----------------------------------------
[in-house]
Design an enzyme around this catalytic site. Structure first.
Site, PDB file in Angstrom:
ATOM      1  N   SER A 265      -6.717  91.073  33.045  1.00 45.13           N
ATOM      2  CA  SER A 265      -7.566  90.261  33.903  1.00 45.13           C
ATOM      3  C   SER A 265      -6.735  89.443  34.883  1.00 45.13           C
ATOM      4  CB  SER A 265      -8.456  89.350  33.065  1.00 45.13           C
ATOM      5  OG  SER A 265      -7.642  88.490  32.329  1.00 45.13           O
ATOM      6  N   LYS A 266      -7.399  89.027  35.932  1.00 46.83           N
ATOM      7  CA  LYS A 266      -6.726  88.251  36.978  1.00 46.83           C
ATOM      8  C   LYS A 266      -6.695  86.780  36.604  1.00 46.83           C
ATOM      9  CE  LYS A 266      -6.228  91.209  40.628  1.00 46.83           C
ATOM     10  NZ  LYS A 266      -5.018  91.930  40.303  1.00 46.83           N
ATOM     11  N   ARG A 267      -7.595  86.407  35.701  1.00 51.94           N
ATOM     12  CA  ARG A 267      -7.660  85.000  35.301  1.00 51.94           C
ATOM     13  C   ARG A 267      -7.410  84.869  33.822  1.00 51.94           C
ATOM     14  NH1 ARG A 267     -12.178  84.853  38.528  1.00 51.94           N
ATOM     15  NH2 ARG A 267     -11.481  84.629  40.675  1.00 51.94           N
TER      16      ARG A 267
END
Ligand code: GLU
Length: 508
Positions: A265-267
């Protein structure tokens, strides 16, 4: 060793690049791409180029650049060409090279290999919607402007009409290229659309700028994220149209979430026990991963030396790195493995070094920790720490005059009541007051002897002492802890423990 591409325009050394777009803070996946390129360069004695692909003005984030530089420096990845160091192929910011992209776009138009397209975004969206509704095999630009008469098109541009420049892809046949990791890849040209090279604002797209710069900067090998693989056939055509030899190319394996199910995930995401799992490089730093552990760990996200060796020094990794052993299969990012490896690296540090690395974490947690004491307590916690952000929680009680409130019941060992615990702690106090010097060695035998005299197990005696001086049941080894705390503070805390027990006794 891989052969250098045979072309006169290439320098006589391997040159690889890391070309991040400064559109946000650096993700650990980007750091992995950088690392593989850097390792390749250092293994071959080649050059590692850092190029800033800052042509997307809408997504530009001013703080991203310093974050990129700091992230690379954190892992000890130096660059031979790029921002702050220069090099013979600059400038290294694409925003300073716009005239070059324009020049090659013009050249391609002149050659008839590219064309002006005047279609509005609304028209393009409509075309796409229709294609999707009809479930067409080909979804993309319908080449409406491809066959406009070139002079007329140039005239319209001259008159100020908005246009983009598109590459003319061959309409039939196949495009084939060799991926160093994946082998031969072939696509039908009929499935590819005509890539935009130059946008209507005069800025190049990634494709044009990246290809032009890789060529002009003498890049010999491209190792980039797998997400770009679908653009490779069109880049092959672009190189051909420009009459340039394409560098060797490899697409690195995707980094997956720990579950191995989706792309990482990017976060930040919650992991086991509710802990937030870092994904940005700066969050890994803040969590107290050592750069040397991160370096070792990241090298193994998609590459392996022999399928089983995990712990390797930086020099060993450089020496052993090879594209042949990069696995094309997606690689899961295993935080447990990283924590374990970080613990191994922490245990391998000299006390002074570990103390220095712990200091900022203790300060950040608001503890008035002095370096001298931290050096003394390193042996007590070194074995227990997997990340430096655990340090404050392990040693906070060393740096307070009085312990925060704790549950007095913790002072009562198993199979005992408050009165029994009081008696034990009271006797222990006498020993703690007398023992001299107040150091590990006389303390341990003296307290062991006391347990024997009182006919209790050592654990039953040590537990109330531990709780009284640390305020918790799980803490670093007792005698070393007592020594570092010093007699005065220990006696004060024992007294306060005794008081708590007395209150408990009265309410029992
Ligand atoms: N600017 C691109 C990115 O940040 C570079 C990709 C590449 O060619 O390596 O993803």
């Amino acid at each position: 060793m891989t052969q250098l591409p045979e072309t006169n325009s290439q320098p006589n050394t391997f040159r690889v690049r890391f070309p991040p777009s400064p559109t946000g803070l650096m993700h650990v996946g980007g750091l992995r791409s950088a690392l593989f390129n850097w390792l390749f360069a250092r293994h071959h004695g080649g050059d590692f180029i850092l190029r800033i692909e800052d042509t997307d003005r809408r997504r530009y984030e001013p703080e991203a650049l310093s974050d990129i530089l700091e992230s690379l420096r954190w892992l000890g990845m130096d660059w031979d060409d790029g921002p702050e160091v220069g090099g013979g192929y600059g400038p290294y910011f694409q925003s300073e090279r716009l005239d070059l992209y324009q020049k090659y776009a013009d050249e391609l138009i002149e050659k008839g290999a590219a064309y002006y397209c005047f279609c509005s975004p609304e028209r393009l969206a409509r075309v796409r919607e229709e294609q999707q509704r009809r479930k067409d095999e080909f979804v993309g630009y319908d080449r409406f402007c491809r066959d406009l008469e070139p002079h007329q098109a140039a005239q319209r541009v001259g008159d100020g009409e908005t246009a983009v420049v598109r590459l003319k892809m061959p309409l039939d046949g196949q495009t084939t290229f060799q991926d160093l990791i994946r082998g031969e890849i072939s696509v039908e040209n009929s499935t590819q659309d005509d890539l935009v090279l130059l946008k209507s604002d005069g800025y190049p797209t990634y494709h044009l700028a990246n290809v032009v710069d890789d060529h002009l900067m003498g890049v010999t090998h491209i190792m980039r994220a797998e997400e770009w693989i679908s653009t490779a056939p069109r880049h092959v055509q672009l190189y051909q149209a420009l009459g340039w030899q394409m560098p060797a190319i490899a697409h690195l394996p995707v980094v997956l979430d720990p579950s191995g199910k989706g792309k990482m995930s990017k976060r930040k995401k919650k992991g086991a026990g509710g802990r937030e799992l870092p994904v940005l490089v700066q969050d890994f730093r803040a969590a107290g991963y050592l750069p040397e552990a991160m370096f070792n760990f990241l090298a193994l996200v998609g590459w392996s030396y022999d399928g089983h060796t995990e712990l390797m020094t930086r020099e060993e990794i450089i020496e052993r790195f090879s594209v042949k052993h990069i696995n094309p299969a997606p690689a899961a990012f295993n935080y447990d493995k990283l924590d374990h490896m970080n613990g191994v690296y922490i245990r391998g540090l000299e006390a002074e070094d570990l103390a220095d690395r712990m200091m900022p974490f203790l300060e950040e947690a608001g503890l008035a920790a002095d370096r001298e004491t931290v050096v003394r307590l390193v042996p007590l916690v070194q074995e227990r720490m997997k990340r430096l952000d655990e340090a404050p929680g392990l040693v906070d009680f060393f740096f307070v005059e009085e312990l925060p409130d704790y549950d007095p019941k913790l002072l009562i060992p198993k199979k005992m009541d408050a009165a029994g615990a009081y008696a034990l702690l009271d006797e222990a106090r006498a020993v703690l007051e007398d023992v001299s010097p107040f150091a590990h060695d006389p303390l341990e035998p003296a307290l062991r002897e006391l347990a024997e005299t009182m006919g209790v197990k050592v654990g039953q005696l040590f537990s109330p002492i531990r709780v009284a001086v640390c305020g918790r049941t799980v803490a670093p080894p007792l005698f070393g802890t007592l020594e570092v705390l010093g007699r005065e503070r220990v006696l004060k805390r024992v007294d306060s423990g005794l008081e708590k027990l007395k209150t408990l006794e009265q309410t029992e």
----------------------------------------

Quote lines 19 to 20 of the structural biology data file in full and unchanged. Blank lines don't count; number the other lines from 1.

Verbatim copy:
TER      16      ARG A 267
END